Just about everyone has played Castle of Illusion on Genesis. But when you see that Game Gear title in a list, or on a store shelf, you’re probably thinking “ahh, it’s probably just a crummy 8-bit port of the same game I have for Genesis.” Au contraire my friend! Looks are deceiving. Although Castle of Illusion may look the same on the outside, what’s on the inside is MUCH different in many ways. Come into each castle with me my friend, and take a look inside for yourself.
You start off the game with more or less the same intro and storyline in both games. Mickey and Minnie living happily in Vera City , Mizrabel comes down and swipes Minnie, Mickey runs to the Castle of Illusion. You choose your difficulty (hard is absent from the Game Gear version); see the old man in the castle who tells you to get the gems. You run in, and aside from the music, which is probably the only thing both games share completely, including what levels they appear in and a few enemies, is where the similarities STOP between the two games. But what’s different between the two? read on!
Presentation: The levels also vary in design greatly between the two games. This is one of the key differences between the two that people don’t tend to notice. The first three levels in Castle of Illusion on the Genesis are the forest, the toys, and the canyons/caves. They go in a linear fashion from left to right, or up to down. The first three levels on the Game Gear, however, are designed differently. The first three levels are the forest, the toys, and SWEETS. Also, the levels go in all directions rather than just one. They go up, down, left, and right. There are different paths to choose from, and there’s not really one set linear path. Also, the third level in Game Gear starts off as an automatic scrolling level as seen in Super Mario Bros. 3, something that isn’t seen AT ALL in the Genesis version. Also, where the levels are split up into parts on the Genesis, the Game Gear version just has one big level, and then a boss. There are no exit doors or entering from one locale to another inside levels in the Game Gear version. Also, the practice modes differ from Genesis and Game Gear games. The Genesis one cuts back on levels entirely, whereas the Game Gear cuts out parts of levels instead. I’m going to have to give this one to the Game Gear here, for giving practice players a sample of all the levels and a choice of which one to go to first.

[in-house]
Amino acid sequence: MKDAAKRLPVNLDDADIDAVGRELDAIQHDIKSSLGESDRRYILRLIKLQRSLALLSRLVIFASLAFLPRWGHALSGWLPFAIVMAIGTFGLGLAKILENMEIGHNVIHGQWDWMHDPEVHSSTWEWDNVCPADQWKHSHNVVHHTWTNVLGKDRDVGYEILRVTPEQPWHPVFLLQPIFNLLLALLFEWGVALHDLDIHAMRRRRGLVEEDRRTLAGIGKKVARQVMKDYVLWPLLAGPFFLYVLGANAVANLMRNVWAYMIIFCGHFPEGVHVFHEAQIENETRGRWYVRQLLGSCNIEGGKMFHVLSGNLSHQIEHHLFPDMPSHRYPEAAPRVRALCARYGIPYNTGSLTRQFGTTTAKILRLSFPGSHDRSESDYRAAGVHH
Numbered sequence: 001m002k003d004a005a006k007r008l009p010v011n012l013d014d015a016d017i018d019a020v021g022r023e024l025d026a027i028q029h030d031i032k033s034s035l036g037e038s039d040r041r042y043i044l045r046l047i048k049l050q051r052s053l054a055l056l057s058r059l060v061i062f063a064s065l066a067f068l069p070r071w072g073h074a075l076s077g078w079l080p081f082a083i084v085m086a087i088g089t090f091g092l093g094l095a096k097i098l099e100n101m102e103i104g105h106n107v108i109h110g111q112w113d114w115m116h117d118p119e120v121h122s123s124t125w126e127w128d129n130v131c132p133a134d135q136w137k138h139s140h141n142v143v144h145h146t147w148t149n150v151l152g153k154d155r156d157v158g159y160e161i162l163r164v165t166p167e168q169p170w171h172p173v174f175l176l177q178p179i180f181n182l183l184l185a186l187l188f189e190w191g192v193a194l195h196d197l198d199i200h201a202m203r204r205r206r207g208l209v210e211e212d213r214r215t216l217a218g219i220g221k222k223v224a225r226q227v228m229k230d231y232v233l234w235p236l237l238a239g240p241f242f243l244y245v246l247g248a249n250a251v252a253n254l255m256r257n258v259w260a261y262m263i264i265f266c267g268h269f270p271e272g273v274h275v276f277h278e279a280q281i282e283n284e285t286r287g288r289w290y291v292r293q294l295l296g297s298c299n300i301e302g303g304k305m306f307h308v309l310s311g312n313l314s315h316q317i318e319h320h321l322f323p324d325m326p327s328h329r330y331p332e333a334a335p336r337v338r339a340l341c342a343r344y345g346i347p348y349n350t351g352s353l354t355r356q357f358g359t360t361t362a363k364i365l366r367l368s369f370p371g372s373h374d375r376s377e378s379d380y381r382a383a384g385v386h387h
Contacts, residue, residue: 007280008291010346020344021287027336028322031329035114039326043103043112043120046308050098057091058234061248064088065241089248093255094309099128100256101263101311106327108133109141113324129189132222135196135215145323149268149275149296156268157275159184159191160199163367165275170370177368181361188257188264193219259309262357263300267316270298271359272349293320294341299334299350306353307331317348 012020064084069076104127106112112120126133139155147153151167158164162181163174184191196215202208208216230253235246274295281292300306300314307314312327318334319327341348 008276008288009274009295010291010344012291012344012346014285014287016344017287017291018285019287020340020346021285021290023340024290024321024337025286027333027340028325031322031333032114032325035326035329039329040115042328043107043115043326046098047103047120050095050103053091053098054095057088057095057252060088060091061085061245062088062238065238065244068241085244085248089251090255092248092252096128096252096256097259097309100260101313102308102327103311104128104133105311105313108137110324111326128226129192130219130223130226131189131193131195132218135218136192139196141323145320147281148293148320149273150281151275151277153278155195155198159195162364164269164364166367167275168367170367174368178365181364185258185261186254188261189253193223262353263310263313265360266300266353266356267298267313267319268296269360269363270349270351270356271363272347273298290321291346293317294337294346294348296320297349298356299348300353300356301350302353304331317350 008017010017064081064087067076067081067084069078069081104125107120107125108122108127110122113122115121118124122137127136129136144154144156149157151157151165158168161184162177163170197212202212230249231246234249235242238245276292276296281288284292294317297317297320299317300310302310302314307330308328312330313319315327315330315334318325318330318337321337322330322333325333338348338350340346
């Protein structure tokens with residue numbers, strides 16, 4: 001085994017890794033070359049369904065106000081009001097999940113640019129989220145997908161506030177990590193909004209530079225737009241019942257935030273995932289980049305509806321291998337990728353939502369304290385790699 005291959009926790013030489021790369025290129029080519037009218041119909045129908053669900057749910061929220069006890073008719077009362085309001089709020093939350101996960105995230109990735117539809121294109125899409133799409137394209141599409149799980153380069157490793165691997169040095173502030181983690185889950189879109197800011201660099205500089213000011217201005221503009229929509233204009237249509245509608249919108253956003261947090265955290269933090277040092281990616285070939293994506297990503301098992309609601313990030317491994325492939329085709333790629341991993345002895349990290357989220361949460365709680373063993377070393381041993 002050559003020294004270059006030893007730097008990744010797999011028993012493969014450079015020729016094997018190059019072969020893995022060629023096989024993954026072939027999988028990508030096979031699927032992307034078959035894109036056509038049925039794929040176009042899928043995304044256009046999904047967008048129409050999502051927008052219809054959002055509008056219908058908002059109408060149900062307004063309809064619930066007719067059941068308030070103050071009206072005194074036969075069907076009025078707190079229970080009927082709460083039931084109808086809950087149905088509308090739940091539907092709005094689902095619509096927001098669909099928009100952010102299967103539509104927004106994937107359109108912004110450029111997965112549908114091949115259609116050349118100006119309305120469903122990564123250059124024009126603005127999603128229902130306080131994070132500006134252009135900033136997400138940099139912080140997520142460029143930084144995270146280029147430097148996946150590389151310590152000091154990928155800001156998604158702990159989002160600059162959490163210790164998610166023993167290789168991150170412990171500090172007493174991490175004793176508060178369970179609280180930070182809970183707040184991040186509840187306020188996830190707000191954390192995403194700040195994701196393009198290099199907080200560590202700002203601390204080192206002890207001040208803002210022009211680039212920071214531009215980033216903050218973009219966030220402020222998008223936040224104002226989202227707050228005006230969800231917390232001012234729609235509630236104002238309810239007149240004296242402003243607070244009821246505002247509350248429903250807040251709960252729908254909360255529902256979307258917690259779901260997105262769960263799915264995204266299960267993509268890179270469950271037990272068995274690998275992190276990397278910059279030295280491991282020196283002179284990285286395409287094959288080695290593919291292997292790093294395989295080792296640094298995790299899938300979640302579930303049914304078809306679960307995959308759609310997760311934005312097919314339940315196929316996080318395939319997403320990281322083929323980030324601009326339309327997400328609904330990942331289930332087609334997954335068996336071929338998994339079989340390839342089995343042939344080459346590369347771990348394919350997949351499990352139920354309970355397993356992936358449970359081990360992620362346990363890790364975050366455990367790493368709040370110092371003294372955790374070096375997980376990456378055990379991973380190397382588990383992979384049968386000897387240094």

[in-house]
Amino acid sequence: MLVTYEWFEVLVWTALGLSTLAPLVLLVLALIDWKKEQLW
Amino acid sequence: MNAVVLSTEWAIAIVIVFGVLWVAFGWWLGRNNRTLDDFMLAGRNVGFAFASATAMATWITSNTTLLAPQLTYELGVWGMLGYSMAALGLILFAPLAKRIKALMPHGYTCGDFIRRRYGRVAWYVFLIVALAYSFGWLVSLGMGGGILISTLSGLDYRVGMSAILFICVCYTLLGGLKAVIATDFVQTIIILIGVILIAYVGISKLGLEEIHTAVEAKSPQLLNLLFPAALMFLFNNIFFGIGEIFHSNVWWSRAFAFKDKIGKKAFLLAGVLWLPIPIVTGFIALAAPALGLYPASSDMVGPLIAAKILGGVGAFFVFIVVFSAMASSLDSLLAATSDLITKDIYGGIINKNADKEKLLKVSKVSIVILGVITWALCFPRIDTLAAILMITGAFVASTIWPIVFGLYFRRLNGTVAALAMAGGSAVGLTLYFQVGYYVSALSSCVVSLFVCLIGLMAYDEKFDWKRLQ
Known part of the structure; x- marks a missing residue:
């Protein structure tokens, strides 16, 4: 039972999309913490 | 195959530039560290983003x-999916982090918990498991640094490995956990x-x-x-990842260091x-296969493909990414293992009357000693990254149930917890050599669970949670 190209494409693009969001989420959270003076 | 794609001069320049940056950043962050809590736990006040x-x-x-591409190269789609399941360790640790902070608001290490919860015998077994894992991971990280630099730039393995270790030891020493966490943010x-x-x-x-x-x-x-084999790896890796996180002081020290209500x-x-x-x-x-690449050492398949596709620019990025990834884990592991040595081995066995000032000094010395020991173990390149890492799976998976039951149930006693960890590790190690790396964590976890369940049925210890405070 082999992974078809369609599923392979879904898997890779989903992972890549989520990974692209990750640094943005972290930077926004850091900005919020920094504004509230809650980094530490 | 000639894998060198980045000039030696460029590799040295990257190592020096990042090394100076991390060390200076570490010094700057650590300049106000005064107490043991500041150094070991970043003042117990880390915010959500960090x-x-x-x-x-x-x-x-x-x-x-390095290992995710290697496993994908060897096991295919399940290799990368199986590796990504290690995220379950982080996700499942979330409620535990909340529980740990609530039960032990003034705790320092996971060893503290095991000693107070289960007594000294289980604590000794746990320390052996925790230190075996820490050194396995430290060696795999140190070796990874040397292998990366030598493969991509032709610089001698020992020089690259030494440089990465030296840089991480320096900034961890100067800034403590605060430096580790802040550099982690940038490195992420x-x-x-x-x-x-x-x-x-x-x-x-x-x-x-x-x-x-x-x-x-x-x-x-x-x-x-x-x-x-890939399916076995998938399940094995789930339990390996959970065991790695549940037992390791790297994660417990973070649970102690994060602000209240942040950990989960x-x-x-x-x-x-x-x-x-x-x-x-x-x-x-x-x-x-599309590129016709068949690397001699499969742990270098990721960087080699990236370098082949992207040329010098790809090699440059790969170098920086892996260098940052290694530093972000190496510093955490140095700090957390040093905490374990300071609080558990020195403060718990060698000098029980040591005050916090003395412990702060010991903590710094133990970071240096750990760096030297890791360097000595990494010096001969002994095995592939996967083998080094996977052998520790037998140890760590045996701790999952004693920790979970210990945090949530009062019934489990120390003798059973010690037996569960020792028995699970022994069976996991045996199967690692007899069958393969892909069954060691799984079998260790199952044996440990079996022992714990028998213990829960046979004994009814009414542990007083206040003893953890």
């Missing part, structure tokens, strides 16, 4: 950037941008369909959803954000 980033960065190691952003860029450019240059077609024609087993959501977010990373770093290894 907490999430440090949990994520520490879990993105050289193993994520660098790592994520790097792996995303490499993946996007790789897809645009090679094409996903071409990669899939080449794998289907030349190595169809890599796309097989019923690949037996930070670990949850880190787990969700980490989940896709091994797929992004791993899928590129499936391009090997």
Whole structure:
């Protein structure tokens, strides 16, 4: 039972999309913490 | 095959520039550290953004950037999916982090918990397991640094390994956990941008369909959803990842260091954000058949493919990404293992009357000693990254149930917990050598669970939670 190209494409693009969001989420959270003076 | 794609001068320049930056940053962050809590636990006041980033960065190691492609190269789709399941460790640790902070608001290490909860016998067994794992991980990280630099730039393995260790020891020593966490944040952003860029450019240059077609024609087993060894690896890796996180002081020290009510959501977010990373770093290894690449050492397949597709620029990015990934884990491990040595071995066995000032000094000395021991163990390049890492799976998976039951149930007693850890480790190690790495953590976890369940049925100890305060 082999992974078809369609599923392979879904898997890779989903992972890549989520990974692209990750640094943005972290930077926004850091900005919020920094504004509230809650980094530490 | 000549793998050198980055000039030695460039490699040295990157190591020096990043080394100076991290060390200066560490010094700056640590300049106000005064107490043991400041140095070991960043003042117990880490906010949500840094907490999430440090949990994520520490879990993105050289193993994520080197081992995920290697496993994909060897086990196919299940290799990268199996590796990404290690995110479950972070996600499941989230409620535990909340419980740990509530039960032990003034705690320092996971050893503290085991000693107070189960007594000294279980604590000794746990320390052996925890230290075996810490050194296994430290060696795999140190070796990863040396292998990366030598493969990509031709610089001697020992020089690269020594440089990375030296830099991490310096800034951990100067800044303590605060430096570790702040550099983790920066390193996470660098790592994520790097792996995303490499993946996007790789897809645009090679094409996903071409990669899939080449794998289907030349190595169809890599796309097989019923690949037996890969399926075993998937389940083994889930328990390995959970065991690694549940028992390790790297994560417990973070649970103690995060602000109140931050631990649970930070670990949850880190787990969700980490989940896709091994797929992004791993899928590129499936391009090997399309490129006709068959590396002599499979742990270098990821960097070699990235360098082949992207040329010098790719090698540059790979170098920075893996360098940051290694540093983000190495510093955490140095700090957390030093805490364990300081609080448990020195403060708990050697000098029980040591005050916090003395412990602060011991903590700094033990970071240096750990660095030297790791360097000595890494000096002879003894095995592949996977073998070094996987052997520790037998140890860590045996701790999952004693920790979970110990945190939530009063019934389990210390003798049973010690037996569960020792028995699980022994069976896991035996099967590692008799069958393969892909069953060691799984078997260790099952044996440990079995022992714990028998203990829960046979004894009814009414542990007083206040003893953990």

Edge: Game Gear
Graphics: The graphics in each game don’t exactly differ that much, they both create the scene equally. Of course Genesis is going to have the better graphics and sound, but it’s a not a really big difference. They’ve both got that nice Mickey Mouse cartoony feel to each game, Although the backgrounds in Castle of Illusion for Game Gear are pretty much block colors at times.